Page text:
Turkish prosecutor requests reduced sentence for man in infamous femicide case

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A Turkish prosecutor has requested a reduced sentence for Fedai Varan, who slit his ex-wife’s throat in broad daylight in 2019, the Stockholm Center for Freedom reported, citing the Hürriyet daily.

The prosecutor of the Ankara regional court of justice requested a lesser sentence, citing “good behavior” and “provocation.” According to the prosecutor Varan was provoked by his wife Emine Bulut.

The prosecutor agreed that femicide numbers had skyrocketed in Turkey but nevertheless insisted on a reduced sentence.

“The suspect says the victim insulted him before the incident and that he was provoked into committing the crime,” the prosecutor said. Adding that femicide should be punished, the prosecutor said justice should be served in the process.

Varan was sentenced to life in prison.

The prosecutor’s request for a reduced sentence sparked outrage among women’s rights groups. The Republican People’s Party (CHP) women’s branch criticized the prosecutor’s request in a tweet, saying murderers were being rewarded by the authorities.

The lawyer representing Bulut’s family will appeal to the Supreme Court of Appeals to reverse any decision for a reduced sentence, saying Bulut had been killed mercilessly in front of her child.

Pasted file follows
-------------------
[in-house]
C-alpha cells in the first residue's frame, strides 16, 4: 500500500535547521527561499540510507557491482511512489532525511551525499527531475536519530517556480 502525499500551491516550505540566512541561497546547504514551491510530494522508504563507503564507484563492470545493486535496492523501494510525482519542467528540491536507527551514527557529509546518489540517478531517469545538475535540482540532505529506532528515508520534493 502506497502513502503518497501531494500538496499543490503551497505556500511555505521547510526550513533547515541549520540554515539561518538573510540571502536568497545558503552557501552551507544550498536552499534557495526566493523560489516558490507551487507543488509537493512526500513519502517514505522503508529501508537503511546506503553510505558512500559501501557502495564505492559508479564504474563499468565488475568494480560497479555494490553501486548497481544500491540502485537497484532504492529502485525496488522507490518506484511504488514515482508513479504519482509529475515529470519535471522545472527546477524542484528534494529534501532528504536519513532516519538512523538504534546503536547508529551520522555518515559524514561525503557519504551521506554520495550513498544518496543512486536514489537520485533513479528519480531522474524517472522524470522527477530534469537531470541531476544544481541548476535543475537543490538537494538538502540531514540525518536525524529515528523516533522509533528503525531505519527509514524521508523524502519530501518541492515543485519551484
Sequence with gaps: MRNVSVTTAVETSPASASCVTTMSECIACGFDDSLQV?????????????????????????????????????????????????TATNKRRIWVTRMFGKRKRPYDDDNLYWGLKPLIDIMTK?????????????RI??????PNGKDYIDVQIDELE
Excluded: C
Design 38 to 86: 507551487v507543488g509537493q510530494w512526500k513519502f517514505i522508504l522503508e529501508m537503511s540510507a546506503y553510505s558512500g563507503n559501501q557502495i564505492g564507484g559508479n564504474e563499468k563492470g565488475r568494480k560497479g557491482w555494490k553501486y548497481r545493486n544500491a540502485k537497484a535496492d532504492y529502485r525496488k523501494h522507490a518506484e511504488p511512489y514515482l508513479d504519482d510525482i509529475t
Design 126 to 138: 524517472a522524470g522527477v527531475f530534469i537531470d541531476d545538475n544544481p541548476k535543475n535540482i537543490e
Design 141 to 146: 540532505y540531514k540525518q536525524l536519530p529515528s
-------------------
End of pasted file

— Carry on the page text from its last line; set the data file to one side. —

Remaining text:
Bulut was murdered by her former husband in the Central Anatolian city of Kırıkkale on October 21, 2019.

Shortly after Bulut’s death, it was discovered that she had sought help from the police, fearing her estranged spouse would harm her. In fact, she went to the Kırıkkale police station only four hours before Varan murdered her.

Yet, the police did not launch any formal investigation into her complaint and did not make any official application to the prosecutor’s office for her protection. Bulut was sent home only to be murdered a few hours later.

Domestic violence is one of the most serious human rights issues in Turkey. The number of Turkish women who have suffered from domestic abuse surged 50 percent, from 145,000 in 2015 to nearly 220,000, in 2018, according to Interior Ministry data.

Most advocacy groups agree that a key reason for Turkey’s domestic violence problem is the failure of the Justice and Development Party (AKP) government to implement relevant laws, particularly the Council of Europe Convention on preventing and combatting violence against women and domestic violence — also known as the Istanbul Convention — and a 2012 law to curb violence against women.

On March 20 Turkish President Recep Tayyip Erdoğan withdrew Turkey from the Istanbul Convention, despite high statistics of violence targeting women in the country and drawing condemnation from Turks and the international community.

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